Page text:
Terrell Davis turned his previous pain into a monumental gain. Davis, a Hall of Fame running back who won two Super Bowls with the Broncos, was trying to find an alternative to pain medication when he experienced post-workout pain during his post-playing career. In 2017, Davis decided to try CBD, an experience Davis has called life-changing.
“Almost immediately, I started to feel better,” Davis recently told CBS Sports. “I enjoy working out, but I don’t enjoy working out in pain. When I was trying CBD, I started to notice that if I was working out on a Monday and I’d wait for my knee to swell up or have some reverse reaction to it, and it wouldn’t happen. I could work out on Tuesday. It allowed me to push my body harder and recover faster.”
Davis’ experience launched an idea for a company that in 2019 became a reality. Davis is one of the co-founders of DEFY, the world’s first mainstream CBD built specifically for athletes and those who want to become better in the gym. Designed to aid rapid-muscle fiber recovery and clear-headed, hyper-focused training, DEFY offers naturally derived performance, recovery and rejuvenation for athletes of all levels.
“What if we can create a brand that’s reputable, that’s backed by science, that can be in your local grocery stores, your GNCs, and in NFL lockers that really just goes through the tests and looks like a high-level brand. And that’s where the idea came from,” Davis said. “DEFY is about defying the odds and breaking the mold. I wasn’t a sixth-round pick that became a Pro Football Hall of Famer without having to defy a whole lot of stuff.”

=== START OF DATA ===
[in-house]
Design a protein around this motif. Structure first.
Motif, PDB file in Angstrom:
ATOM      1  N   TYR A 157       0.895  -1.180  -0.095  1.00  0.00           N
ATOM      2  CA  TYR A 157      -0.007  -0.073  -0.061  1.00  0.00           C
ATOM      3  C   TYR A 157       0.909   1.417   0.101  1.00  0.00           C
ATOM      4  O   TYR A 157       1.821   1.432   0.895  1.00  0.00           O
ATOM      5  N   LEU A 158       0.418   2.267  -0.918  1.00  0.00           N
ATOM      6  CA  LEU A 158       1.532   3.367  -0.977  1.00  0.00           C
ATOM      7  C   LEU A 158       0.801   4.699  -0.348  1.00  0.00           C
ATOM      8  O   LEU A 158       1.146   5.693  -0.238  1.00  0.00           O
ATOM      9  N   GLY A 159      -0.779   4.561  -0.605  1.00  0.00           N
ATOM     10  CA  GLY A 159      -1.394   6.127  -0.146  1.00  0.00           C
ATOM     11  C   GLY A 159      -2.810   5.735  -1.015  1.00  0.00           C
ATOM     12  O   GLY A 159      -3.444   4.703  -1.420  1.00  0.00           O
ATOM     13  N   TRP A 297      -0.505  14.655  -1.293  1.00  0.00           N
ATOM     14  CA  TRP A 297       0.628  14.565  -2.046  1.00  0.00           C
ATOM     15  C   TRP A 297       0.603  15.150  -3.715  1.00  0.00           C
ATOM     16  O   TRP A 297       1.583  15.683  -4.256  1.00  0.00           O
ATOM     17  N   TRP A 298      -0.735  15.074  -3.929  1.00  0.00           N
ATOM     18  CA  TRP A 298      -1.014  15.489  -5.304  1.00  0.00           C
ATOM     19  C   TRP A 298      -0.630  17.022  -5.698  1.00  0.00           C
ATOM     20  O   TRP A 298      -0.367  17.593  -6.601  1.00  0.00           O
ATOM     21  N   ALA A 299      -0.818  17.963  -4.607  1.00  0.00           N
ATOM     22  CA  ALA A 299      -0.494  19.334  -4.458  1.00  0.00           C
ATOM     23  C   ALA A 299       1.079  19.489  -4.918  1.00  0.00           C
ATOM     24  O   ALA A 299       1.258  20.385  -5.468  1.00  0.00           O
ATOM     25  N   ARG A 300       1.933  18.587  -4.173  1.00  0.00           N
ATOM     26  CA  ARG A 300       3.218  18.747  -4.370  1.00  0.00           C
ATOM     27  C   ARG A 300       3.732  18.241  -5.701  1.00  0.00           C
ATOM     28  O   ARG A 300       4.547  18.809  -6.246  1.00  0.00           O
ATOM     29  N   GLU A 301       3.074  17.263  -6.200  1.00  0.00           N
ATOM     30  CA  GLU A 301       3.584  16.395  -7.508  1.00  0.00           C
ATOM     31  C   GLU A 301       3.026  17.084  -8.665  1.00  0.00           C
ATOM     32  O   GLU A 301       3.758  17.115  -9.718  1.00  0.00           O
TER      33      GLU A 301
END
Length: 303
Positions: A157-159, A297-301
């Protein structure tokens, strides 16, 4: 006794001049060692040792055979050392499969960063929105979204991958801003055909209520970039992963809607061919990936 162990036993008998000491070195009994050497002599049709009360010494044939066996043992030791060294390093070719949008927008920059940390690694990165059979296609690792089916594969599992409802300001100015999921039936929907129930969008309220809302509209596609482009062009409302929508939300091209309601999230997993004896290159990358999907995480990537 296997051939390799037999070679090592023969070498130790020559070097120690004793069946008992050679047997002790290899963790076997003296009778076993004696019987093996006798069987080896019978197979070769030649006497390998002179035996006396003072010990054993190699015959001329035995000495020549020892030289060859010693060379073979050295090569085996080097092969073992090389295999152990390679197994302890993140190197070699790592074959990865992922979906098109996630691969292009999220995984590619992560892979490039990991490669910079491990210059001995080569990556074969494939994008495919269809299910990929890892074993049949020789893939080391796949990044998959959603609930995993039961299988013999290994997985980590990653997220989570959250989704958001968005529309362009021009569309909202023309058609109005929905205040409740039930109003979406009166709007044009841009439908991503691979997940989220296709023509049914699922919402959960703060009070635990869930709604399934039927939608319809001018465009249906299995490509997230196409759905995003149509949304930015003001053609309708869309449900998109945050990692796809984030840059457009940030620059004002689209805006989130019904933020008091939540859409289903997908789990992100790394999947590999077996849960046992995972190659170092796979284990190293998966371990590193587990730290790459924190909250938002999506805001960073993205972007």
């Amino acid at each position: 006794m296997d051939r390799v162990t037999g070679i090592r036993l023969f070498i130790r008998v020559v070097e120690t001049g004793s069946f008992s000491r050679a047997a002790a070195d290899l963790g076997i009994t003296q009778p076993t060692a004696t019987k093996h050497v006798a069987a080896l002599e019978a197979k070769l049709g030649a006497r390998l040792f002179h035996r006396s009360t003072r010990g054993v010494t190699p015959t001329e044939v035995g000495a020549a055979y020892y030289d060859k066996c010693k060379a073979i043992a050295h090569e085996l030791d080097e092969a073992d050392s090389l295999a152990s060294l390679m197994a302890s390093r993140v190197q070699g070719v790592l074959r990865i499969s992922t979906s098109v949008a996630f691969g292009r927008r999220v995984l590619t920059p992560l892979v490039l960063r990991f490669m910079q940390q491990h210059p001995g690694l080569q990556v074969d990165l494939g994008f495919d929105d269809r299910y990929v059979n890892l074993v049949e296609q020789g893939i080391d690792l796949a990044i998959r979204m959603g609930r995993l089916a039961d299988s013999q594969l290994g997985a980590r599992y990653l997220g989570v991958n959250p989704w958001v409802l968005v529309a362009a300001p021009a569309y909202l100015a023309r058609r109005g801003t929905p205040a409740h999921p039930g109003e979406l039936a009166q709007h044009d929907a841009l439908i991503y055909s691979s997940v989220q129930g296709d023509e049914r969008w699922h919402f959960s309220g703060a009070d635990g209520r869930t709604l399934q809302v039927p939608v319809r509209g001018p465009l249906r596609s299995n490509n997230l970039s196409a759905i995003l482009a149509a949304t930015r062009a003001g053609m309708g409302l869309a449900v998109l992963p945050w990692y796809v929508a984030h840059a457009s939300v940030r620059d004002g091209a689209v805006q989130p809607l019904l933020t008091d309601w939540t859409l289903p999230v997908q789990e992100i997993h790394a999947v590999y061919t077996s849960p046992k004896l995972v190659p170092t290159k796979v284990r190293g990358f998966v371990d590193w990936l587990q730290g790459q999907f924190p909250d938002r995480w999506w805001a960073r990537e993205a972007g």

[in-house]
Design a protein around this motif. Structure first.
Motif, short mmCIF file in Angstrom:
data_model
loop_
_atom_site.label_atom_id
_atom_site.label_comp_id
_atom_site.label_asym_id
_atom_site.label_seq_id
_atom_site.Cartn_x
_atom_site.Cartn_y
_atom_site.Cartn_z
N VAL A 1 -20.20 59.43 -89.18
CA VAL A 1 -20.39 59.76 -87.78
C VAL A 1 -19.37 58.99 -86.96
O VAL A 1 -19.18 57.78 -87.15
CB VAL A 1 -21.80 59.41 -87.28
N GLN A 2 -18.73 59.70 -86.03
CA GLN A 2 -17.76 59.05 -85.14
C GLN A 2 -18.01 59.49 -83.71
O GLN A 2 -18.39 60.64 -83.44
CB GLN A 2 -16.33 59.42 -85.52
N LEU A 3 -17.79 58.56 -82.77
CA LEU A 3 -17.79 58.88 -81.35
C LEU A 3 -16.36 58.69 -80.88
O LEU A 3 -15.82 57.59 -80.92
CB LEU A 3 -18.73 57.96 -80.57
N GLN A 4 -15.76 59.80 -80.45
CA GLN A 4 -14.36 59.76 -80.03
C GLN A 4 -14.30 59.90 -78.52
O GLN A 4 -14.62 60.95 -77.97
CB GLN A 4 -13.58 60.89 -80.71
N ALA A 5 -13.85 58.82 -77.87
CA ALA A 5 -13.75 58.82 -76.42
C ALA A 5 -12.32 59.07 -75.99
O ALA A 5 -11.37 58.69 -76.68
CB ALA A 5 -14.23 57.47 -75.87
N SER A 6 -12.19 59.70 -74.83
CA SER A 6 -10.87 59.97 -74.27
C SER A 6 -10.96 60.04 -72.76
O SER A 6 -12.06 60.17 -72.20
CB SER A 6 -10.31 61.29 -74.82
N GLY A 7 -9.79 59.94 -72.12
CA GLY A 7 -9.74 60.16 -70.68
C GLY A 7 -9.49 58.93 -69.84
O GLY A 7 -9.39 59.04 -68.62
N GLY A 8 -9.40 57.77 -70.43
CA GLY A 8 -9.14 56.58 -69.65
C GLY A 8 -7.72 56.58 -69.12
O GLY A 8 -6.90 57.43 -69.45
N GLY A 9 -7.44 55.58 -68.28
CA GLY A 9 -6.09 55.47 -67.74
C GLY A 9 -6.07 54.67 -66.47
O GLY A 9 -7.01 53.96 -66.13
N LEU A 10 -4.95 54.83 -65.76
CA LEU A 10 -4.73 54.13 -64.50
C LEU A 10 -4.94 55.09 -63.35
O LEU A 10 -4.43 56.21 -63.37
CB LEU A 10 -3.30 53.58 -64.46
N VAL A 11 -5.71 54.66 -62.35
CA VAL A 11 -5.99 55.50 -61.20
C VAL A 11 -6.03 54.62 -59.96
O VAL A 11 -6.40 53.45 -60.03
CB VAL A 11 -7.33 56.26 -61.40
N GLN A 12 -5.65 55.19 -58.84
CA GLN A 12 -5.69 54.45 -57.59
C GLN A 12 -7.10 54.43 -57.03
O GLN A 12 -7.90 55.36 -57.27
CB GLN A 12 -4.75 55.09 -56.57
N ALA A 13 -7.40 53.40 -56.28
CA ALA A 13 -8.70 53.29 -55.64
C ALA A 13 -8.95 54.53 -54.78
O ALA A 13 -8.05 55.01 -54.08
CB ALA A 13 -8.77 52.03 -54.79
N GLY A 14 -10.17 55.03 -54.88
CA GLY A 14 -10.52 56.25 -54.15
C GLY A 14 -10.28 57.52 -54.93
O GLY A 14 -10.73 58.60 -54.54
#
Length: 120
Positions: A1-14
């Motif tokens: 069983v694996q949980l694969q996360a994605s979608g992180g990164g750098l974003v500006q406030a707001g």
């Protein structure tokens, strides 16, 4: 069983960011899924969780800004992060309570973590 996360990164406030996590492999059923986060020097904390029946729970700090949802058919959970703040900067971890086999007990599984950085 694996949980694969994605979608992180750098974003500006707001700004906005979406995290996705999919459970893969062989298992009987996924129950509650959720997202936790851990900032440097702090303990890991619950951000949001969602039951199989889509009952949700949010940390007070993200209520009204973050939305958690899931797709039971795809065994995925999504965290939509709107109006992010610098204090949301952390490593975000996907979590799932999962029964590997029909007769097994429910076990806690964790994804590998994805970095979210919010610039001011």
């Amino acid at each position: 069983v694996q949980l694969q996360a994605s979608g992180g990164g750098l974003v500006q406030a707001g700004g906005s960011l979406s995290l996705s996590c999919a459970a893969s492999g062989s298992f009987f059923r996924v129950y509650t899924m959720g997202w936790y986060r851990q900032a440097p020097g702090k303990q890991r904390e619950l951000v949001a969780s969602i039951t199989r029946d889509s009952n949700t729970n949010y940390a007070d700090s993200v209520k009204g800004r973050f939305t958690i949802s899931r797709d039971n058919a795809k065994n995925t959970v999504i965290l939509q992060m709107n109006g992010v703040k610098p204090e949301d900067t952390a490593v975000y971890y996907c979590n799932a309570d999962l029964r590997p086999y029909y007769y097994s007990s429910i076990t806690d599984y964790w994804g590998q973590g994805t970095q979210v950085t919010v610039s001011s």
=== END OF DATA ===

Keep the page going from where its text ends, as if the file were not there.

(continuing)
Davis certainly defied the odds in what was in many respects a storybook career. After being largely underutilized at Georgia, Davis rushed for more than 1,100 yards during his rookie season in Denver. He then enjoyed one of the greatest three-year runs by any player at any position. From 1996-98, Davis earned three All-Pro selections, won two Super Bowls, was named Super Bowl and league MVP, and became the fourth player to rush for more than 2,000 yards in a season. The ’97 Broncos also overcame the odds to become the first AFC team in 13 years to win the Super Bowl, defeating Brett Favre and the defending-champion Packers in Super Bowl XXXII. Davis powered the Broncos’ upset win with 157 rushing yards and three touchdowns despite missing most of the second quarter with a migraine.